computers in inventory. This was prmarily due to the economic conditions at the time. This actually occured in 1979 when I was the local service rep in Richmond, VA. In the fall of that year Reynolds announced what they called CAMPAIGN 80, a sales blitz designed to reduce and eventually elilminate the back log. There was sustantial discounting of the VIM III comupters, which were BTI mainframes with Reynolds and Reynolds software. This initiative wsa successful. In 1982 Reynolds came out with the Vim Net computers which was the beginning of the end of the relationship between Reynolds and BTI.
Posted on April 10, 2012 - 16:44:28 PDT
bill schmitt writes...
Paul Roberts: If your 5000 has a front panel like the 4000, that allows you to
halt the system and peek and poke memory, I may be able to help you
revive it.

My experience tells me that a conversation with an industrial rep who handles
drive belts might find you a belt that would get that drive spinning.

I'm at
Posted on March 16, 2012 - 22:22:21 PDT
Paul Roberts writes...
I'll send you an e-mail. I'm just cleaning up after some flooding so have been pretty busy but it looks like most of the material made it through OK. Some of the original manuals I'm drying. It looks like OTI was reselling BTI systems in cooperation with CTI (California Time Sharing I believe) and that is why I seem to have a number of sales related material.
Posted on January 26, 2012 - 21:51:26 PST
Jim Battle writes...
Paul -- when you submit your comment, I have no idea how to contact you. I'm very interested in getting a copy of your slides. Please contact me:

Posted on January 6, 2012 - 00:57:36 PST
Paul Roberts writes...
Huh, Interesting! I was cleaning the basement tonight and thought I had found some misplaced family photos but it turns out to be two slide cases of BTI architecture slides. For example, color charts of BTI 8000 Variable Resource Architecture (32-bit, 67 nanosecond bus), pictures of "1970s - 1 machine - many programs - many users, BTI Innovation Strategy, etc. color charts, graphs...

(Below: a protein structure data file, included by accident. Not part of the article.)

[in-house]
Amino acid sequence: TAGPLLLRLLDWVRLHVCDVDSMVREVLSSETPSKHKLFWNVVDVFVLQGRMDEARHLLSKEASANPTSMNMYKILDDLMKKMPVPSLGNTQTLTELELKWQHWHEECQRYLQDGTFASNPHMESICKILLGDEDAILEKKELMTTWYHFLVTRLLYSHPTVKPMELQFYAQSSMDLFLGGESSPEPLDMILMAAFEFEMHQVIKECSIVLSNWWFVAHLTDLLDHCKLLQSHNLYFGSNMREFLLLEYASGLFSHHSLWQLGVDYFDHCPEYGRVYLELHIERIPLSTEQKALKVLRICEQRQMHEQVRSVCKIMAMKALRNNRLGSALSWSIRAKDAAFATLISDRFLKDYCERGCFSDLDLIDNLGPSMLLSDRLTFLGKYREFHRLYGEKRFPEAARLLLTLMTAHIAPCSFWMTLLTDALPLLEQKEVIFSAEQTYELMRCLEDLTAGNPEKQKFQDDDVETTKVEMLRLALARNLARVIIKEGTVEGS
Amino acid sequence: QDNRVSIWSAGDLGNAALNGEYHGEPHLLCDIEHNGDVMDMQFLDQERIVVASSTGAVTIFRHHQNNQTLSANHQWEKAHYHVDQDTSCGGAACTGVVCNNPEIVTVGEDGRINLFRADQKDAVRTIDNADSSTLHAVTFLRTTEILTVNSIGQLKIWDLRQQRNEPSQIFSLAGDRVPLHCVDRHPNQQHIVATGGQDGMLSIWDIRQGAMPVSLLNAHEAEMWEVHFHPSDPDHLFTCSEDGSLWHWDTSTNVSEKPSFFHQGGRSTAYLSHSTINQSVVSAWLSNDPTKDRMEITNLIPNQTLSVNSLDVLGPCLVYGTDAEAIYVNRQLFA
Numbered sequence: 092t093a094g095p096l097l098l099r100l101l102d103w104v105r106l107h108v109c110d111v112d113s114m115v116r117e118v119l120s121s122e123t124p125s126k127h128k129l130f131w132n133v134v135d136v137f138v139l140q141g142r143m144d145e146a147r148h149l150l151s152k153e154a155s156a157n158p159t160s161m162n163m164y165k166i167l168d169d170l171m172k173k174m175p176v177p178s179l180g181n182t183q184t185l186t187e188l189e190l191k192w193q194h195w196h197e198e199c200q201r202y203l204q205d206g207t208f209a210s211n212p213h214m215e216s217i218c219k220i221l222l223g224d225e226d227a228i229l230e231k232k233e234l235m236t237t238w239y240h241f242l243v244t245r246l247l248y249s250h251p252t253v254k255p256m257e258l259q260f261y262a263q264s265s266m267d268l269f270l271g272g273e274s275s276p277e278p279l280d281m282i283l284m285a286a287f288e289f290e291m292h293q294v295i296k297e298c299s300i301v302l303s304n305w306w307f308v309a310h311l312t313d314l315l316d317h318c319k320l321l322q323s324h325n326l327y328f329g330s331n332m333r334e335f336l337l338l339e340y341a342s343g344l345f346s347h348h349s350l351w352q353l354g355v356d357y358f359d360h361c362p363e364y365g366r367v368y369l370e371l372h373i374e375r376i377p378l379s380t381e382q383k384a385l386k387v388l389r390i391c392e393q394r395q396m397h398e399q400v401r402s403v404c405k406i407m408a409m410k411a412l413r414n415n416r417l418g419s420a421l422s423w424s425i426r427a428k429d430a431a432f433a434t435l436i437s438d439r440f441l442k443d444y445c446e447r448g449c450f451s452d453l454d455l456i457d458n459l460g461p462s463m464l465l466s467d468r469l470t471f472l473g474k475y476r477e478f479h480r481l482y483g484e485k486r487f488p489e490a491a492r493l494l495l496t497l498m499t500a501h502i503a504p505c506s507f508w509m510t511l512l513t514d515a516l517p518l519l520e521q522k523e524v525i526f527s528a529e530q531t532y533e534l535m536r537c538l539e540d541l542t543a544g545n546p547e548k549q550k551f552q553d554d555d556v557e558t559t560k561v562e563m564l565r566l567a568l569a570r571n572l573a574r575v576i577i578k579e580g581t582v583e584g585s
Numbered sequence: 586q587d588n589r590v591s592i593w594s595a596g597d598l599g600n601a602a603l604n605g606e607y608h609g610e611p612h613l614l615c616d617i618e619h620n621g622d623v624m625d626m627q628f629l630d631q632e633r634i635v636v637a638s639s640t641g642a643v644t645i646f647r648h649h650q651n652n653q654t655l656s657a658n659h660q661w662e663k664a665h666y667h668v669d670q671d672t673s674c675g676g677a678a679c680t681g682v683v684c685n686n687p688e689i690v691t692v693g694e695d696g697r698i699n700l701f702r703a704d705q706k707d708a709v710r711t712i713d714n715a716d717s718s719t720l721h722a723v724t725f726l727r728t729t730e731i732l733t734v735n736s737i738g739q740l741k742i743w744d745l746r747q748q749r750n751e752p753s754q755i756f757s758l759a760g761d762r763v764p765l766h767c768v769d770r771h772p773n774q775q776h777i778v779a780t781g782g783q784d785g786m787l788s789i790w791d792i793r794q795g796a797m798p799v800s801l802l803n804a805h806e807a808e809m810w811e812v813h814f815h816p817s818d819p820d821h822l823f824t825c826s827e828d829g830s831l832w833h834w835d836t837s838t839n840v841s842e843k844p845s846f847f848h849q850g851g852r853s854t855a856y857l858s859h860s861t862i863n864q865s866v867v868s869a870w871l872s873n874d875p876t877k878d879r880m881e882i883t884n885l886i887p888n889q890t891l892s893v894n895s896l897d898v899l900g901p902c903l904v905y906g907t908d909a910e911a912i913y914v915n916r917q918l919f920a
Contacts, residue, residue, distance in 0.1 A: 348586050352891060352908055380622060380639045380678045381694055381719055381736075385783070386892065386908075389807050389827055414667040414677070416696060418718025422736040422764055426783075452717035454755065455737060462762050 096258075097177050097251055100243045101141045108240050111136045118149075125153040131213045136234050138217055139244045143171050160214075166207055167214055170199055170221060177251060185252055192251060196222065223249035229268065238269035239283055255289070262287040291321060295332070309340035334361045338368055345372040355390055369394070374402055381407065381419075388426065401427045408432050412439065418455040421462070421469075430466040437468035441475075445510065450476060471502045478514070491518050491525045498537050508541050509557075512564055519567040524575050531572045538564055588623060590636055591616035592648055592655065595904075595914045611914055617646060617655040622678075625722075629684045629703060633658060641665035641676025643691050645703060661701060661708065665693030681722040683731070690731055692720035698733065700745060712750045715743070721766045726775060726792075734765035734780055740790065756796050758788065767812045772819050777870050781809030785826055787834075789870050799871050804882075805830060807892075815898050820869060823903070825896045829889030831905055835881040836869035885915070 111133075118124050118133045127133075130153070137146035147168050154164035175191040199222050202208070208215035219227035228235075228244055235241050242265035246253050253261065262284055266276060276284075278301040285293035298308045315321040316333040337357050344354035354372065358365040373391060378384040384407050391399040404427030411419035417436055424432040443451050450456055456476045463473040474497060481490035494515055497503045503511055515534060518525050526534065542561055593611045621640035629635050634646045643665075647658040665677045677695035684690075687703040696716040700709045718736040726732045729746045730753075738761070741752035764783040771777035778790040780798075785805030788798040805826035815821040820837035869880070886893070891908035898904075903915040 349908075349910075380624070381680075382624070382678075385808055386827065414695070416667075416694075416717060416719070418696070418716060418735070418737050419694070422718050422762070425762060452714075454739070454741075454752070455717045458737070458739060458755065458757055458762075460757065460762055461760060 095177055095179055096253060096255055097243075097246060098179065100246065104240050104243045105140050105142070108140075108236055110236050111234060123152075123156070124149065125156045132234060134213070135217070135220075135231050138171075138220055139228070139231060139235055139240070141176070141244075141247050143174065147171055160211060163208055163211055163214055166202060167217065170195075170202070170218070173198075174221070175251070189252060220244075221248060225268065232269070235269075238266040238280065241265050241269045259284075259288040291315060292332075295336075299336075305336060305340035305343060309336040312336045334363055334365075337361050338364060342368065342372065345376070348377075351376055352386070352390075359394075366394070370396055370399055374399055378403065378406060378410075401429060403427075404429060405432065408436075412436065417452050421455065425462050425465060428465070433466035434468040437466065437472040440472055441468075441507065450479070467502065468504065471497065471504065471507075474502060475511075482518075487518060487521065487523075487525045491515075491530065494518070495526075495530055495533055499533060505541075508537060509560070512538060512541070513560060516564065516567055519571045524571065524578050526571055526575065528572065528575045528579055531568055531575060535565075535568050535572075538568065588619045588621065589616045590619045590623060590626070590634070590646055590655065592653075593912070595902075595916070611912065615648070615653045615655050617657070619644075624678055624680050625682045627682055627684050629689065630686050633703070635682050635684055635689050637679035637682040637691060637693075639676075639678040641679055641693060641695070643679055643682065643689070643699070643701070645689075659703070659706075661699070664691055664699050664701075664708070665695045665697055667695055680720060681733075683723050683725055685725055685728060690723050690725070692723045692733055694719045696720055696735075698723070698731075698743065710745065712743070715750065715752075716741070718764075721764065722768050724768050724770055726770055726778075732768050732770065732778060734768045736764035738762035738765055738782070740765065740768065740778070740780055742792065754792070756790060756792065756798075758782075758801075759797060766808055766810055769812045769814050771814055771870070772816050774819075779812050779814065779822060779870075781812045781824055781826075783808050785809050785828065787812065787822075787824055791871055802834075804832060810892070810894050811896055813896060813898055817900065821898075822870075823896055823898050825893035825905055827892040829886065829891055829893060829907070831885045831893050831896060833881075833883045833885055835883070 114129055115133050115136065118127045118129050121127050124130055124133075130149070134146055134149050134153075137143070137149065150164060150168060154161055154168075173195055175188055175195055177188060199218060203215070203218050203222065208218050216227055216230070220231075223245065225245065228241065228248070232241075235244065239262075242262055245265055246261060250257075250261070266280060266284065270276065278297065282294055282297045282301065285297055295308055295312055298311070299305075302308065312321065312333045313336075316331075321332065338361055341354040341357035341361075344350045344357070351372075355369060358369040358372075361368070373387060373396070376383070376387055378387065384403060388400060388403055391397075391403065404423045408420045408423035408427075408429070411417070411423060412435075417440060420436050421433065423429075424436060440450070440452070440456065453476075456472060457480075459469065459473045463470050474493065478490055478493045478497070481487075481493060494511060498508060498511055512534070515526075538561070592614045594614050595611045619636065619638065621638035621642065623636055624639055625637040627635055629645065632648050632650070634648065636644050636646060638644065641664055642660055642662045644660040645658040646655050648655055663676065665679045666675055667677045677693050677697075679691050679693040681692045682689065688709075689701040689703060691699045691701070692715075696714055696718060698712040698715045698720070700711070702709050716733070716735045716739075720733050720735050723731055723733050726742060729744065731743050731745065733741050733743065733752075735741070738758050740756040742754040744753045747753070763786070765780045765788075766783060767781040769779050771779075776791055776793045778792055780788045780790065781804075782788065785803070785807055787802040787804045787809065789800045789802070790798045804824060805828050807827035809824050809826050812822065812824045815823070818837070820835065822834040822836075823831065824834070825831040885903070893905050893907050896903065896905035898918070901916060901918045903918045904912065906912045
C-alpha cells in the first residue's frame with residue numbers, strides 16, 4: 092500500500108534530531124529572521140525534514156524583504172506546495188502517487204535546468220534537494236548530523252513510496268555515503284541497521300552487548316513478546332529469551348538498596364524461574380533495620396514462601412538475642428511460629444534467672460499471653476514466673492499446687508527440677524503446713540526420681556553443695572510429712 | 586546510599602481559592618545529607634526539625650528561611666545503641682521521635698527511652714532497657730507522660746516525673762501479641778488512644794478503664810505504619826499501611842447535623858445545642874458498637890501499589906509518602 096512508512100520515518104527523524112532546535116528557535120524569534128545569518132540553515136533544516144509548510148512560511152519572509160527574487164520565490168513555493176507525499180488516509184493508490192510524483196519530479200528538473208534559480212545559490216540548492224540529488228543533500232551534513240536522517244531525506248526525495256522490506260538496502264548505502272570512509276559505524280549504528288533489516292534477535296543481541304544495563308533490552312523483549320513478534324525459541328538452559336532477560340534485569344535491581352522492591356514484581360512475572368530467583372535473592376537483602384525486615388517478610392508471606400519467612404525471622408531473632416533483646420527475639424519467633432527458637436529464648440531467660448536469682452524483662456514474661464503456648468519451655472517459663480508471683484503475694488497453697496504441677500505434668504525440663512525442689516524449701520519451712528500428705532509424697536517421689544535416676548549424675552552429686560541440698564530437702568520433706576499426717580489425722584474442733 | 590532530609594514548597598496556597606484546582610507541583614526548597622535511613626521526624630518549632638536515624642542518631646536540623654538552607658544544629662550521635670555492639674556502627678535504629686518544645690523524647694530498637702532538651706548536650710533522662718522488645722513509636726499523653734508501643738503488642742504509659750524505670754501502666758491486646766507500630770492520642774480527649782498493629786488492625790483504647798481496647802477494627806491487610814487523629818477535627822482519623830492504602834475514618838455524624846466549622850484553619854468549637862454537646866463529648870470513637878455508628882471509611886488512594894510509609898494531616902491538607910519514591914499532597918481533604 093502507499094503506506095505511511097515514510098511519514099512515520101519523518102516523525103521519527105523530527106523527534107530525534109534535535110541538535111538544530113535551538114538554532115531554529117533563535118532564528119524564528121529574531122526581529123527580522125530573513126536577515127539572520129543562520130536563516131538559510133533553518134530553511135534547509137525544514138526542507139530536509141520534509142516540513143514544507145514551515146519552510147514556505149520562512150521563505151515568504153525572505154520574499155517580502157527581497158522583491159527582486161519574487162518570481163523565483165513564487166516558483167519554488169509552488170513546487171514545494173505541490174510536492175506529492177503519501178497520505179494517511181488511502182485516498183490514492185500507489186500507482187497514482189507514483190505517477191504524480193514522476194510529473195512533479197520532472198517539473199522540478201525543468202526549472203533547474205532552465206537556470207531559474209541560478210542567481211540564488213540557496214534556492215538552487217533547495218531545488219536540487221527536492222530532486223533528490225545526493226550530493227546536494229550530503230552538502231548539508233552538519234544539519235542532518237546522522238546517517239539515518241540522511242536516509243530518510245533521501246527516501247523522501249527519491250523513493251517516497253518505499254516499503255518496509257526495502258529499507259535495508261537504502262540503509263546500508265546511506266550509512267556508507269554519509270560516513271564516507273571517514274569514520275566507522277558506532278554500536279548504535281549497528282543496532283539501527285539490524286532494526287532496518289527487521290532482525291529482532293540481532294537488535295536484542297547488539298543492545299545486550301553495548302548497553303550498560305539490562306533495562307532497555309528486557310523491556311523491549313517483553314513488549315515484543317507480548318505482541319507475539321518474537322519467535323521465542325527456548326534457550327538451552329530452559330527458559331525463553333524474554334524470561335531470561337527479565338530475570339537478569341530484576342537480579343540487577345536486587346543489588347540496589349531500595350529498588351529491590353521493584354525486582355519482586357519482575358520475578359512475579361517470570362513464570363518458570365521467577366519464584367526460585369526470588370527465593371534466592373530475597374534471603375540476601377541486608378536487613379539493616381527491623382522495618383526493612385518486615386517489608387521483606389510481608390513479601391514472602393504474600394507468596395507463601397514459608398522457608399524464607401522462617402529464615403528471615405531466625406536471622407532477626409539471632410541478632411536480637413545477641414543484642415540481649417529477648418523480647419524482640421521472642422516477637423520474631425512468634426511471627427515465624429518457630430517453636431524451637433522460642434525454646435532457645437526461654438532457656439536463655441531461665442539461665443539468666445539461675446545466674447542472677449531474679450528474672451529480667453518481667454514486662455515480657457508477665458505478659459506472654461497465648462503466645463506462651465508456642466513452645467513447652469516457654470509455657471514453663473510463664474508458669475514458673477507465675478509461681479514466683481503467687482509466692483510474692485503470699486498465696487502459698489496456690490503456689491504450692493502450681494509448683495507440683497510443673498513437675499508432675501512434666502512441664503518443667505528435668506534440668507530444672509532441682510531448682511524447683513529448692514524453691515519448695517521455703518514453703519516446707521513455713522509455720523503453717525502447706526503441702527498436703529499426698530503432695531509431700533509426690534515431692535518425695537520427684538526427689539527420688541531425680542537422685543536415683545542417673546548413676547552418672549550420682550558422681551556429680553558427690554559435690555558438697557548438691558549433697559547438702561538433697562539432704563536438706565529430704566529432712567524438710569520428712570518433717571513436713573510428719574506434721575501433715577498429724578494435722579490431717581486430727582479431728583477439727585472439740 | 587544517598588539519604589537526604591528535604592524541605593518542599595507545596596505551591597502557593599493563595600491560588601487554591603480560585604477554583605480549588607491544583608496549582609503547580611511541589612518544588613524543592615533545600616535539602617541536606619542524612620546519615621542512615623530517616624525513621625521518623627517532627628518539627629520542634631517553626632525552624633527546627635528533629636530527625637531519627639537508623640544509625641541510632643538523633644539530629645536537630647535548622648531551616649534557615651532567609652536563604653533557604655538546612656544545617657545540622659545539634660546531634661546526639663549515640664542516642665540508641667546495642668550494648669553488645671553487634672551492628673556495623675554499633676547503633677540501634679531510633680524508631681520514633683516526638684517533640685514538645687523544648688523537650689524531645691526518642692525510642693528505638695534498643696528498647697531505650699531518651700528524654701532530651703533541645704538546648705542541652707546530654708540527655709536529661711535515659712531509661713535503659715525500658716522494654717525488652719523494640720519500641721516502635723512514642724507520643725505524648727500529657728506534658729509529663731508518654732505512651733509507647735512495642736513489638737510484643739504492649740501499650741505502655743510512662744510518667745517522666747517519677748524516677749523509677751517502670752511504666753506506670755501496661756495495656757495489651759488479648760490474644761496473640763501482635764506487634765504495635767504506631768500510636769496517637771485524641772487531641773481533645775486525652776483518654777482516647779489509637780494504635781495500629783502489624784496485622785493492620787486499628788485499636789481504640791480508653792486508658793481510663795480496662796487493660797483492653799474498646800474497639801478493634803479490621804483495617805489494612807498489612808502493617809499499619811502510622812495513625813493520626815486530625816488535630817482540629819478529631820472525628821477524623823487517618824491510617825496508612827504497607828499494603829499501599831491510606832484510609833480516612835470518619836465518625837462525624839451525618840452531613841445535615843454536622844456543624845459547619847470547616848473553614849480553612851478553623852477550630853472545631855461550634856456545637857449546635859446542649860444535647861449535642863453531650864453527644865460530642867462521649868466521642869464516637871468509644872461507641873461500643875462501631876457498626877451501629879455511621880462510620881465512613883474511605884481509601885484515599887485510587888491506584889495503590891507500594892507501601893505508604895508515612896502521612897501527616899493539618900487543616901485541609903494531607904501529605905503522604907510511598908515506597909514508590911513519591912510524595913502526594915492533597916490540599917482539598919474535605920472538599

I'm guessing this is the predecessor of the "Powerpoint" presentation perhaps shown to potential customers. It probably doesn't cover any specs not already on the BTI8000 page but it is in color with graphics. Maybe I can fire up the old slide scanner and put the slideshow into a PDF file or something.
Posted on January 5, 2012 - 23:23:55 PST
Ray Smith writes...
Very happy to see the entry by my old boss, Lou Yurek, and I'm curious to hear what happened to him after he left for Ireland.

I will dig through the attic and see what I have to donate.
Posted on October 9, 2011 - 20:50:25 PDT
Joe Briggs writes...
We ran a BTI computer for our 3 store retail furniture operation in Dallas, TX in the mid 80's. Accounting and Inventory Management Software package was written by two former EDS employees. We had to enroll in Basic X computer language courses at the local technical college so we could help keep the system running.

The secret passwords to reset date and other CPU maintenance and other hardware issues put the machine out of use, once the BTI shop was now longer available for tech support. As I understand it, BTI was instrumental in helping to bring database management into the public arena.

Concerning the comment by Paul Roberts concerning the OKIDATA hard drives; Several others we knew, at the time that were using the BTI system were converting to the newer compact PC type hard drives.